Rachel Held Evens recently wrote a piece on the CNN blog entitled Why Millenials Are Leaving the Church which gained huge readership (I lost count of how many of my Facebook contacts mentioned it) and has sparked a fair bit of debate. There have been a number of responses to Rachel’s paper including this thoughtful one by Trevin Wax and Krish Kandiah has pointed us to something he wrote on the same issue a couple of years ago.
All three of these articles are worth a read and they all have different strengths and weaknesses. But one thing they all lack is a sense of historical and geographical context. So I’d like to provide some framework to help us examine the particular issues that Held Evans and others have raised.
There is no missing generation in the church. Krish is right when he highlights the lack of people in their 20s and 30s in the Church in the UK, but this is a Western phenomenon. Worldwide the Church is growing incredibly rapidly and the highest growth is among the generation that we find hardest to reach in our corner of the world. It isn’t all doom and gloom around the world and the future of the Church looks extremely bright; but we do have a struggle on our hands around here.
It isn’t just millenials who are going missing. Many British churches have very few people in their 20s and 30s, but across the board, there are fewer people of all age groups who are attending church. Simon catches one reason for this, but there are many others. So while the worldwide picture is more encouraging than these articles imply, the local one is more discouraging.
The point of these two statements is to indicate that the drop in numbers of younger people attending Church in the UK is a reflection of a much broader and long term trend. Churches are in decline across the UK and have been for years. This article from the Daily Mail captures this trend quite graphically (and probably loses me a lot of credibility).
However, the fall in the number of Christians in the UK (and elsewhere in the heartland of Christianity) is more than counterbalanced by a huge growth in the Church around the world.
Andrew Walls suggests that this shift in the demographics of the Church is part of a much broader pattern which is ingrained in the history and nature of Christianity:
Christian expansion is not progressive; it is serial. Perhaps we can understand this best by comparing the histories of Christianity and Islam. Both faiths call the whole world to allegiance. Each has succeeded in establishing itself among peoples among diverse culture and diverse geographical locations. But in the light of comparative history, Islam has, so far at least, been much more successful than Christianity in maintaining that allegiance over time. Lands that have become Muslim have, generally speaking (there are exceptions), remained Muslim. Arabia now seems so utterly, axiomatically Muslim that it’s hard to remember, isn’t it, that the Yemen was once a Christian kingdom.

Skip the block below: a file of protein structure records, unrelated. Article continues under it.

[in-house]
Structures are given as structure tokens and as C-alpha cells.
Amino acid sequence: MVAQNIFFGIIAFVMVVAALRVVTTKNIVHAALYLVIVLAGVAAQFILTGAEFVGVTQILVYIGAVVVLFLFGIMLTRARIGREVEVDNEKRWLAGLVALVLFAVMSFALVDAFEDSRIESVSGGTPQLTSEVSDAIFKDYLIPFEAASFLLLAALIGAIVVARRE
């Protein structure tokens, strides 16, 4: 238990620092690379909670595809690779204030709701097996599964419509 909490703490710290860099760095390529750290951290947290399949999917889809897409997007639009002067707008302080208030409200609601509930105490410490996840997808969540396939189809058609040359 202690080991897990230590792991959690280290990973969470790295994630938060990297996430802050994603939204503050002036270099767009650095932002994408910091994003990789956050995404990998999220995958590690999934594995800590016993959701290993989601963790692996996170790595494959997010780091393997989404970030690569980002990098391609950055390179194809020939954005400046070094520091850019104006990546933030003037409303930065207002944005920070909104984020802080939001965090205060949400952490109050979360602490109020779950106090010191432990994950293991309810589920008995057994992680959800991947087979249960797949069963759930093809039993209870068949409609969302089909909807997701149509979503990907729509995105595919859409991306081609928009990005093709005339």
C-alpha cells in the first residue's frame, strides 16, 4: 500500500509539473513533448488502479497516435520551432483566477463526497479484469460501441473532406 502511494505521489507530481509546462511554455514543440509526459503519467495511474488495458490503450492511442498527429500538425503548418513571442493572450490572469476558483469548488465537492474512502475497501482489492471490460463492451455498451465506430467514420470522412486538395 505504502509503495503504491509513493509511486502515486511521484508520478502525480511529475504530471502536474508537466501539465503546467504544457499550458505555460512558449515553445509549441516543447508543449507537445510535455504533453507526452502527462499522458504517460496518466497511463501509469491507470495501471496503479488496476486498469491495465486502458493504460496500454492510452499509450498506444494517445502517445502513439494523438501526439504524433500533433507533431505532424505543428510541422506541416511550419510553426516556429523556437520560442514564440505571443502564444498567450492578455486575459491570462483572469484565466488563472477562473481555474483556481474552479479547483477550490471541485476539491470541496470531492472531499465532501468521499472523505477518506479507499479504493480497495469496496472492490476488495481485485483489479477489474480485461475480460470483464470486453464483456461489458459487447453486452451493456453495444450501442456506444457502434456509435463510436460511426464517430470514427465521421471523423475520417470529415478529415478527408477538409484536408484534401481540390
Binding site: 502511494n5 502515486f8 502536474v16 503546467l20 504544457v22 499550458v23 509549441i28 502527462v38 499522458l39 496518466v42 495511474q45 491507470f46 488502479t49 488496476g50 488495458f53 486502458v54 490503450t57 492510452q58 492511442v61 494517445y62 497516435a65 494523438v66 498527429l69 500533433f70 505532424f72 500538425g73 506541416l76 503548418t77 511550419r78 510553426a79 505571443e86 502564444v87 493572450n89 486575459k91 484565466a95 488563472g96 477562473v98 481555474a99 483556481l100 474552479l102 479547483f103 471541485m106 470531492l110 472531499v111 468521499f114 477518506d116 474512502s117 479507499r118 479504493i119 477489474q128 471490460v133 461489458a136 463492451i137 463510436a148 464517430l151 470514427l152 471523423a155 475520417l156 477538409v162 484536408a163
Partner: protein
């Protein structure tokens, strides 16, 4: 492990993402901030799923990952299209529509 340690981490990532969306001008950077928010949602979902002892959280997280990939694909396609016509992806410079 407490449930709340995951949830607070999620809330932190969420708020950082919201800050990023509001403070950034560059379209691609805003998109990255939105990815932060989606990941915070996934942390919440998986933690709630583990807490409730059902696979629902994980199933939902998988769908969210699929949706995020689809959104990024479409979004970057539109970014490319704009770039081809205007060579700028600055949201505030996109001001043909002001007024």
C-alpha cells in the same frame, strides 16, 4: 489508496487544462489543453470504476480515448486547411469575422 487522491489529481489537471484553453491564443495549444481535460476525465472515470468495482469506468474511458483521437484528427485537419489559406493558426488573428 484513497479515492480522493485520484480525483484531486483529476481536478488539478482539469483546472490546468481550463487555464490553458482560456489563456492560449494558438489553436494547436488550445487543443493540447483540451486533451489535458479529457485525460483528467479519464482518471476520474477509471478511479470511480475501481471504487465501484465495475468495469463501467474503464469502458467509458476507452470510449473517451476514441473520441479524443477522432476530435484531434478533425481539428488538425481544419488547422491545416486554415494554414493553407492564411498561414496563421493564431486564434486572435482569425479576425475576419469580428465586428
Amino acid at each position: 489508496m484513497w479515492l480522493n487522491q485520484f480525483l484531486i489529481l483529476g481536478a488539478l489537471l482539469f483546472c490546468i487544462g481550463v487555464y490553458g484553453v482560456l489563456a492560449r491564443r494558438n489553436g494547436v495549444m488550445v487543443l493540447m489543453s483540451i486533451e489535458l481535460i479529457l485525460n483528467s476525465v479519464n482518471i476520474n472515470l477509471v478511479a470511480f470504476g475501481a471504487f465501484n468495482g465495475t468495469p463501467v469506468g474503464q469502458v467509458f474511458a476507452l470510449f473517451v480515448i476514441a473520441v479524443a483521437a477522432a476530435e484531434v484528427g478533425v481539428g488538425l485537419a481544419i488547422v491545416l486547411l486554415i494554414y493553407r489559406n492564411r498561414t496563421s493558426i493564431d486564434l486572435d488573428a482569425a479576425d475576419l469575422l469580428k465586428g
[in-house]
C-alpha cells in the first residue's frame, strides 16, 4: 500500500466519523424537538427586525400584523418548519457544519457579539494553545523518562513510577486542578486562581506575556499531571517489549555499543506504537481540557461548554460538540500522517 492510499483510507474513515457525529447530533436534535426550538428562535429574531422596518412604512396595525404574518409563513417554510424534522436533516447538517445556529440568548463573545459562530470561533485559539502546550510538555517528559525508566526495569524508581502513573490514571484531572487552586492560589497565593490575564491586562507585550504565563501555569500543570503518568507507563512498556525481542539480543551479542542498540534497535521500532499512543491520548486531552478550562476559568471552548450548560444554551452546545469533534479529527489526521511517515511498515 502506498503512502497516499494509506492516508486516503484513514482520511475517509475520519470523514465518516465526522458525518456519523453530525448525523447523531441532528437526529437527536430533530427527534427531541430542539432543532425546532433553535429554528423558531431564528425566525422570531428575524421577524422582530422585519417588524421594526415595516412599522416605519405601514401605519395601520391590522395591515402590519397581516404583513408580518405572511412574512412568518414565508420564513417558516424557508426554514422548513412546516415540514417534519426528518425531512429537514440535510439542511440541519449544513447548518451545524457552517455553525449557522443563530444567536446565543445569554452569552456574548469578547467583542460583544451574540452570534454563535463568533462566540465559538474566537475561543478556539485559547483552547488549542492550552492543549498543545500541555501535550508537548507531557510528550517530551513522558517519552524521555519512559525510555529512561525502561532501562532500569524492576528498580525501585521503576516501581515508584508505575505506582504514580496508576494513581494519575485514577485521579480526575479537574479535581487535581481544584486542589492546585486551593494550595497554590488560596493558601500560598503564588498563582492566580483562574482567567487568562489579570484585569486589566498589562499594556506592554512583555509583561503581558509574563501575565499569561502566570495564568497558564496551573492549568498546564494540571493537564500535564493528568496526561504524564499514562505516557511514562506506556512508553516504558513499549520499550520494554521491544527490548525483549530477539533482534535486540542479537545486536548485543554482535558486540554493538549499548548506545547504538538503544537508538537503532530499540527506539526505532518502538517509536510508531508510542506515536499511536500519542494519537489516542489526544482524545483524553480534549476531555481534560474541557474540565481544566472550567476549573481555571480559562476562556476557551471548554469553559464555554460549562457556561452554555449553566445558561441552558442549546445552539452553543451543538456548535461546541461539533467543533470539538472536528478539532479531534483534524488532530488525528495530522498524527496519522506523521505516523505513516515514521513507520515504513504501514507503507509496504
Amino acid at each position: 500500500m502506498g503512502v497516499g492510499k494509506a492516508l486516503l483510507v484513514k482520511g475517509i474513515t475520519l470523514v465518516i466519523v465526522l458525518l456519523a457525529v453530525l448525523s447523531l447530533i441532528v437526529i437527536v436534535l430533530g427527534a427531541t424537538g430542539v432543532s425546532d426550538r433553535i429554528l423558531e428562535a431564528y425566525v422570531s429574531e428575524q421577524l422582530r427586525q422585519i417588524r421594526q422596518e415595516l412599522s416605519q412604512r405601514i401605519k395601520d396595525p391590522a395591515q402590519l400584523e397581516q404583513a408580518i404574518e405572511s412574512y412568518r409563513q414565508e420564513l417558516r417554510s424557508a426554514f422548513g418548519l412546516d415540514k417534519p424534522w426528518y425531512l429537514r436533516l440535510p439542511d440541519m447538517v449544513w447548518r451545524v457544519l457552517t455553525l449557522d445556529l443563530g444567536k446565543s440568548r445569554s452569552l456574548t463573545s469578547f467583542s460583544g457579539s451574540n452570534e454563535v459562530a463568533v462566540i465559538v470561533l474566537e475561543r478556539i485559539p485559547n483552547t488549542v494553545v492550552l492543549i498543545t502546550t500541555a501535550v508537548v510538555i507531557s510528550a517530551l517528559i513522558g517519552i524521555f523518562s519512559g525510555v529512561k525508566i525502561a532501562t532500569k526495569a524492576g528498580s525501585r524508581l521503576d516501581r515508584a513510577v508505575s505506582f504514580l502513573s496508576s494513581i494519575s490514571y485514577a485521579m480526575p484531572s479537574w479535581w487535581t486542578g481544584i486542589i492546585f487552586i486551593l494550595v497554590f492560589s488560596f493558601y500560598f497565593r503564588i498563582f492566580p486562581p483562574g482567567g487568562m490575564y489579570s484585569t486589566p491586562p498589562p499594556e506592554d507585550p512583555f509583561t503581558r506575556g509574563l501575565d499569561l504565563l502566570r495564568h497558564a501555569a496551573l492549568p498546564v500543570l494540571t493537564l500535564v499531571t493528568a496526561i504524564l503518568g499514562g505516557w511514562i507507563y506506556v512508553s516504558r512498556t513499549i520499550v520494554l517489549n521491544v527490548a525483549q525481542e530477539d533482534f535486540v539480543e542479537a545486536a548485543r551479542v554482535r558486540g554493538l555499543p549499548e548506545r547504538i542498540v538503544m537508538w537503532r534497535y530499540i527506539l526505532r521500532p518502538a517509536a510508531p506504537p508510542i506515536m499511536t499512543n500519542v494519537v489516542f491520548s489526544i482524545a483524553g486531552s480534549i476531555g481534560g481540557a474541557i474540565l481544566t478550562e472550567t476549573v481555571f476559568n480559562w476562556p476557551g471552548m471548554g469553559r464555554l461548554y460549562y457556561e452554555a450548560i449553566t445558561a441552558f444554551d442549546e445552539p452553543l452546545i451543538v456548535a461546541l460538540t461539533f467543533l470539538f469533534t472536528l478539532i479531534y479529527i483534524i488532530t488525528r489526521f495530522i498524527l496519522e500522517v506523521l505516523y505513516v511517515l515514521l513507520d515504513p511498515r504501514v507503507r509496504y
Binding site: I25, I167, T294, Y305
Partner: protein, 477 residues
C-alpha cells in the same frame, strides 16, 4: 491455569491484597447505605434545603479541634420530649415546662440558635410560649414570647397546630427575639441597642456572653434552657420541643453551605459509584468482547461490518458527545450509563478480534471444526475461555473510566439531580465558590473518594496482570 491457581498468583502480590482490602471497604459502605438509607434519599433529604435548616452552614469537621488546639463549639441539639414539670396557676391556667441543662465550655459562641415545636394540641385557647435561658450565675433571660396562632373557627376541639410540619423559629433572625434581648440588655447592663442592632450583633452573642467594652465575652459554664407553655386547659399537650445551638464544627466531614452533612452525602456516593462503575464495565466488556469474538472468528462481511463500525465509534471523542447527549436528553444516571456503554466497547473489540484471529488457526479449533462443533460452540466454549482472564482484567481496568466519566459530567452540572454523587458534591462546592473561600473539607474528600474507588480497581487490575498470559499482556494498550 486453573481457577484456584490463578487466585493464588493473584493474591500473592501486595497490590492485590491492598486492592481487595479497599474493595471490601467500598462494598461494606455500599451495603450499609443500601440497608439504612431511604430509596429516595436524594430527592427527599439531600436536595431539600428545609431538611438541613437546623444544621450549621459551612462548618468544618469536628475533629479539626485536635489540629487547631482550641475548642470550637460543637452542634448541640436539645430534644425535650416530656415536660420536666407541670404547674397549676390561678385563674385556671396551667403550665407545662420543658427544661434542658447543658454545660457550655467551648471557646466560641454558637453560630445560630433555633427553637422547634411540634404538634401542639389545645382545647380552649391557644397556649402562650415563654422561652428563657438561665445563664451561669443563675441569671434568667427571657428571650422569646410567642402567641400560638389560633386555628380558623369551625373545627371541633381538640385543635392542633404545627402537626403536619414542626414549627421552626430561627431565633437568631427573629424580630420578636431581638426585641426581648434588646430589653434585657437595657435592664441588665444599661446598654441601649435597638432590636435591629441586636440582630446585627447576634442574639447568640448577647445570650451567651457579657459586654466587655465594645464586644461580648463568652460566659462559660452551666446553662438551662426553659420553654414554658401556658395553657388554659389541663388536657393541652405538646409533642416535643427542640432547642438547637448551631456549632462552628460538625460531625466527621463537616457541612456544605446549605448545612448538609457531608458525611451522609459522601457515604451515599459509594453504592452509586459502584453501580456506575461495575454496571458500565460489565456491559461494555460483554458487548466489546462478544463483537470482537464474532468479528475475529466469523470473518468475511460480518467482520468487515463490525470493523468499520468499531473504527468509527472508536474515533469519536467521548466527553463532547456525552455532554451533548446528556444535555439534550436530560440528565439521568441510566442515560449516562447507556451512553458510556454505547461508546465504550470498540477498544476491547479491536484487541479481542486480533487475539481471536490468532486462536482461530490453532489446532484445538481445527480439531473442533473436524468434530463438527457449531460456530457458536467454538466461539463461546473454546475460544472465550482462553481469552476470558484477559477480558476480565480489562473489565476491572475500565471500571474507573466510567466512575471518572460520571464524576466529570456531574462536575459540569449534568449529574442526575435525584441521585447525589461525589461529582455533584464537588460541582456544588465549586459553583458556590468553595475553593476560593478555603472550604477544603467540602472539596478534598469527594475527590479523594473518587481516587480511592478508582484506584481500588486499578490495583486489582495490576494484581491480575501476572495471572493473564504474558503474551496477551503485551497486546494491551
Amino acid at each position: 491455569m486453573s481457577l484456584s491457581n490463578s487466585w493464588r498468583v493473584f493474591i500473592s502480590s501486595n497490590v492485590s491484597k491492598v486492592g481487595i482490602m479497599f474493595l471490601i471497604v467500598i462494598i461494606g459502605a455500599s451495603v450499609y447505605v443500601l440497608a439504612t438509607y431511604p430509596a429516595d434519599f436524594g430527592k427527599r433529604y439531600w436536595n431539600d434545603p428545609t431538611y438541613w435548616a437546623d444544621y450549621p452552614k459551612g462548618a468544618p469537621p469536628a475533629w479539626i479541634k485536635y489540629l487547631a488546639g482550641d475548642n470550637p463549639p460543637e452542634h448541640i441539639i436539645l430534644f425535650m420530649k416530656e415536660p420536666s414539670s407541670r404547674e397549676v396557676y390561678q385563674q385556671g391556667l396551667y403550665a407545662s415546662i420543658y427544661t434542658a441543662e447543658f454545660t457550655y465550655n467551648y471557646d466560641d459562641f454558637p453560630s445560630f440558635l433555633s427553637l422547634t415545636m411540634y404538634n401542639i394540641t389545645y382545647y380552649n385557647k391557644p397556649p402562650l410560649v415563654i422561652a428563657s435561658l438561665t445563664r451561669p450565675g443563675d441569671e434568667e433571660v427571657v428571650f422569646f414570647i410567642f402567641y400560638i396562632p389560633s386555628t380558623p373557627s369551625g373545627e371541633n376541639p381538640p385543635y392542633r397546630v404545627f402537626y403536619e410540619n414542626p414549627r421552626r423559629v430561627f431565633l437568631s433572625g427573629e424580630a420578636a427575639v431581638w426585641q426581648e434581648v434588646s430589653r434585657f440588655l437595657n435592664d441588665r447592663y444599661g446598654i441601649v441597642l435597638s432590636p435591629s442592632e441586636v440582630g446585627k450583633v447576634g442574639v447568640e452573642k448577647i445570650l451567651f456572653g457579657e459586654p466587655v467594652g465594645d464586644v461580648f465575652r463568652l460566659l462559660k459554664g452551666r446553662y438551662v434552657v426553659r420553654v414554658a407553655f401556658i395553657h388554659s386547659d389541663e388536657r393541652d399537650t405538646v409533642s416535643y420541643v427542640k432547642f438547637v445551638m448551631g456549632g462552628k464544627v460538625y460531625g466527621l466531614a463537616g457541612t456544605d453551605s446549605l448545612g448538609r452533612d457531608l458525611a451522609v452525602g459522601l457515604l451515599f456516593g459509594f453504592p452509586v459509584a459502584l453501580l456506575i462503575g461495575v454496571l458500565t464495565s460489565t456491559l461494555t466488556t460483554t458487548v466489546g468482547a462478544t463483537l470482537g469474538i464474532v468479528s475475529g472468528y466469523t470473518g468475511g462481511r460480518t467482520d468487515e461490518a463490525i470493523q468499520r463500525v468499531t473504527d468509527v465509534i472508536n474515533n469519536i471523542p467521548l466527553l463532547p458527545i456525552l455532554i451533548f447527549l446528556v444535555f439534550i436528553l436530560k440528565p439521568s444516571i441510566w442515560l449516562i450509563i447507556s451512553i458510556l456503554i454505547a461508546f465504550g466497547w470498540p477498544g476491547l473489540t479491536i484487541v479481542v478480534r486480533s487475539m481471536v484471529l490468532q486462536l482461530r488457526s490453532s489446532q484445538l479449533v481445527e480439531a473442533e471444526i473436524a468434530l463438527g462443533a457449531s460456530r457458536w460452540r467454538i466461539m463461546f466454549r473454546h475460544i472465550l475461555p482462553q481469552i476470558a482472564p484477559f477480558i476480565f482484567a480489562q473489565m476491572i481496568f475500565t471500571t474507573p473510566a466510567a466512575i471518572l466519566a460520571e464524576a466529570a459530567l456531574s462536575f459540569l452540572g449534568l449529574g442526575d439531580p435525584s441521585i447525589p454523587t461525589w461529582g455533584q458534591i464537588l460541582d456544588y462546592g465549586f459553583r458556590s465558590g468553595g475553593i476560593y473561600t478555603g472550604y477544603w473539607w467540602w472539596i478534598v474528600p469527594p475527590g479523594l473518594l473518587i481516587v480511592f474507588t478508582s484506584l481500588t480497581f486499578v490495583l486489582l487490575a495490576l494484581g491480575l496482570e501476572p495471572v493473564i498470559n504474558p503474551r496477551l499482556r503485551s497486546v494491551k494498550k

Contrast Jerusalem, which cannot even claim an unbroken Christian history, let alone a dominant one. Jerusalem, the mother church of us all, is not the Christian Mecca. Or consider Egypt or Syria or Tunisia -these were once the showcase churches, the churches that led the Christian world, adorned by the greatest theologians and the profoundest scholars, and sanctified by the blood of the Martyrs. They were churches that had seen the collapse of paganism around them and the triumphs of Christ throughout their surrounding areas.
Or think of the days, and few Christians nowadays even realize that those days happened, when the Christian faith was the profession of the whole Euphrates valley and most of the people who live in what is now Iraq, professed that faith; when new churches were springing up in Iran and across Central Asia, even in the countries we now call Afghanistan and Tajikistan.
Or consider my own country, with its towns where John Knox and John Wesley once preached but are now full of churches that nobody needs and that get turned into fellowship doors or restaurants or even nightclubs. In my own city of Aberdeen we have a former church that now rejoices as a nightclub under the name “The Ministry of Sin.”
In each of these cases, a place that had been a leading center of Christian faith, an area where the Christian faith was dominant, ceased to hold that position. For whatever reason, and there are many different reasons in the different cases, the light was dimmed, sometimes indeed, extinguished. As the Book of Revelation puts it, the candlestick was taken out of its place. But in none of these cases did the dimming or withering of Christian witness in one of its major centers lead to the end of Christian witness in the world.
By the way, if you have never read any Andrew Walls, you really should. He is one of the most important Christian thinkers of our age; but widely ignored because he doesn’t write about fashionable subjects (he writes about important ones).
One of my colleagues, Paul posted this quote in a book review this morning:
“I have come to the conclusion that the powerful, those at the center, must begin to realize that the future shape of things does not belong to them. The future shape of things is on the periphery. The future shape of things is not in Jerusalem, but outside. It is Nazareth. It is Antioch. If you really want to understand the future of Christianity, go and see what is happening in Asia, Africa, Latin America.… God very often is working most powerfully far from the center.”
This has taken us a long way from the problem of a missing generation in the Church in the UK, but I believe that it gives us a context in which to understand the issues. It is good that Krish and others are looking at this issue and suggestion solutions. However, we need to be aware that lying behind the problem of one generation in one part of the world is a profound historic trend which will need a response on multiple levels.